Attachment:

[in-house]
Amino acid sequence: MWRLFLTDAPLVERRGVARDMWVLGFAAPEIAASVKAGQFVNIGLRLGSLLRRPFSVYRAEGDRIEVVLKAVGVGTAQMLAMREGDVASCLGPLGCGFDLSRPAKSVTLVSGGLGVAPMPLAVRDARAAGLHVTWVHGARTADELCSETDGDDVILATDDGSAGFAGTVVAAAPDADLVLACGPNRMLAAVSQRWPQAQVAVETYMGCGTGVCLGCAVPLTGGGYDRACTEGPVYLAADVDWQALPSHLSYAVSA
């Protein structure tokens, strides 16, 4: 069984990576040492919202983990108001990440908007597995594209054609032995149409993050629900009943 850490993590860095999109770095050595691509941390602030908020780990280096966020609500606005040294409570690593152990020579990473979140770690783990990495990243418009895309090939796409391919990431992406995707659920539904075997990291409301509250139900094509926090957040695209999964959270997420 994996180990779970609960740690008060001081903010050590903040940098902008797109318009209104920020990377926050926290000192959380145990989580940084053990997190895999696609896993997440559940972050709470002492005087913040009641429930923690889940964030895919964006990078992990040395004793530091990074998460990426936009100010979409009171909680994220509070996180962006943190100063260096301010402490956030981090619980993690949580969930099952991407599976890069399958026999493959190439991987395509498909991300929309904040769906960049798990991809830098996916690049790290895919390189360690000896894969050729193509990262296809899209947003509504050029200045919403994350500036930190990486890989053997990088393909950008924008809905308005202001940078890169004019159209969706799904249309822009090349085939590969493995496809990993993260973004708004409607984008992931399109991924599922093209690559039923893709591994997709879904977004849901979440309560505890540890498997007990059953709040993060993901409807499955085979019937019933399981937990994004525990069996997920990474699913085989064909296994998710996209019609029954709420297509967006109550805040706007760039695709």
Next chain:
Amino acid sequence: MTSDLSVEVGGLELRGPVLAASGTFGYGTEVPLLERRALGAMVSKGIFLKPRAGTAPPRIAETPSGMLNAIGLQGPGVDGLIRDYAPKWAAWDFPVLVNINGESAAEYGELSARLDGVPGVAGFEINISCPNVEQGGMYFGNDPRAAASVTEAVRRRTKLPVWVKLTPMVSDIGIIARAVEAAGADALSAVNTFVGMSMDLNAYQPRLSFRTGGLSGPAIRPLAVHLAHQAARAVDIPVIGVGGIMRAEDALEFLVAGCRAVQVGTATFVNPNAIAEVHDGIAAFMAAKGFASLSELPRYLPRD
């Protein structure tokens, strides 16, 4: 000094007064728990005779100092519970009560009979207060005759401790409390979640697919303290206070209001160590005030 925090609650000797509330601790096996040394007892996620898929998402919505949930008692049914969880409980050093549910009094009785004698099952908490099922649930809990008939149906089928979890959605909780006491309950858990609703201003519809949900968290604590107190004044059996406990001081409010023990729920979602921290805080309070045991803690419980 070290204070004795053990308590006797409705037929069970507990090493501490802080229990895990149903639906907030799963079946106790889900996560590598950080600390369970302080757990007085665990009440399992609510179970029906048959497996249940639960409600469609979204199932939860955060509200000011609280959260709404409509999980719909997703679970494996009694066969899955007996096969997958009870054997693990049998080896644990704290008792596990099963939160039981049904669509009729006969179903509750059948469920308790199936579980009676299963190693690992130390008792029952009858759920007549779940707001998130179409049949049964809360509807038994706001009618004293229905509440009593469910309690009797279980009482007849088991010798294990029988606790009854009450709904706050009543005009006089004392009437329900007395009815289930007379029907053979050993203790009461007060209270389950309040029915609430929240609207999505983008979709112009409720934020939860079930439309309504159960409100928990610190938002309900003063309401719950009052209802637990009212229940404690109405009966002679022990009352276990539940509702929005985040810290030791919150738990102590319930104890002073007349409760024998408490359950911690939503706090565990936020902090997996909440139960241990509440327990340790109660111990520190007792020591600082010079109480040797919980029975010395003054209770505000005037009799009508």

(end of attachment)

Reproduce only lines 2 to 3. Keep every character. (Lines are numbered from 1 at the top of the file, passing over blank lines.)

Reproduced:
Amino acid sequence: MWRLFLTDAPLVERRGVARDMWVLGFAAPEIAASVKAGQFVNIGLRLGSLLRRPFSVYRAEGDRIEVVLKAVGVGTAQMLAMREGDVASCLGPLGCGFDLSRPAKSVTLVSGGLGVAPMPLAVRDARAAGLHVTWVHGARTADELCSETDGDDVILATDDGSAGFAGTVVAAAPDADLVLACGPNRMLAAVSQRWPQAQVAVETYMGCGTGVCLGCAVPLTGGGYDRACTEGPVYLAADVDWQALPSHLSYAVSA
């Protein structure tokens, strides 16, 4: 069984990576040492919202983990108001990440908007597995594209054609032995149409993050629900009943 850490993590860095999109770095050595691509941390602030908020780990280096966020609500606005040294409570690593152990020579990473979140770690783990990495990243418009895309090939796409391919990431992406995707659920539904075997990291409301509250139900094509926090957040695209999964959270997420 994996180990779970609960740690008060001081903010050590903040940098902008797109318009209104920020990377926050926290000192959380145990989580940084053990997190895999696609896993997440559940972050709470002492005087913040009641429930923690889940964030895919964006990078992990040395004793530091990074998460990426936009100010979409009171909680994220509070996180962006943190100063260096301010402490956030981090619980993690949580969930099952991407599976890069399958026999493959190439991987395509498909991300929309904040769906960049798990991809830098996916690049790290895919390189360690000896894969050729193509990262296809899209947003509504050029200045919403994350500036930190990486890989053997990088393909950008924008809905308005202001940078890169004019159209969706799904249309822009090349085939590969493995496809990993993260973004708004409607984008992931399109991924599922093209690559039923893709591994997709879904977004849901979440309560505890540890498997007990059953709040993060993901409807499955085979019937019933399981937990994004525990069996997920990474699913085989064909296994998710996209019609029954709420297509967006109550805040706007760039695709």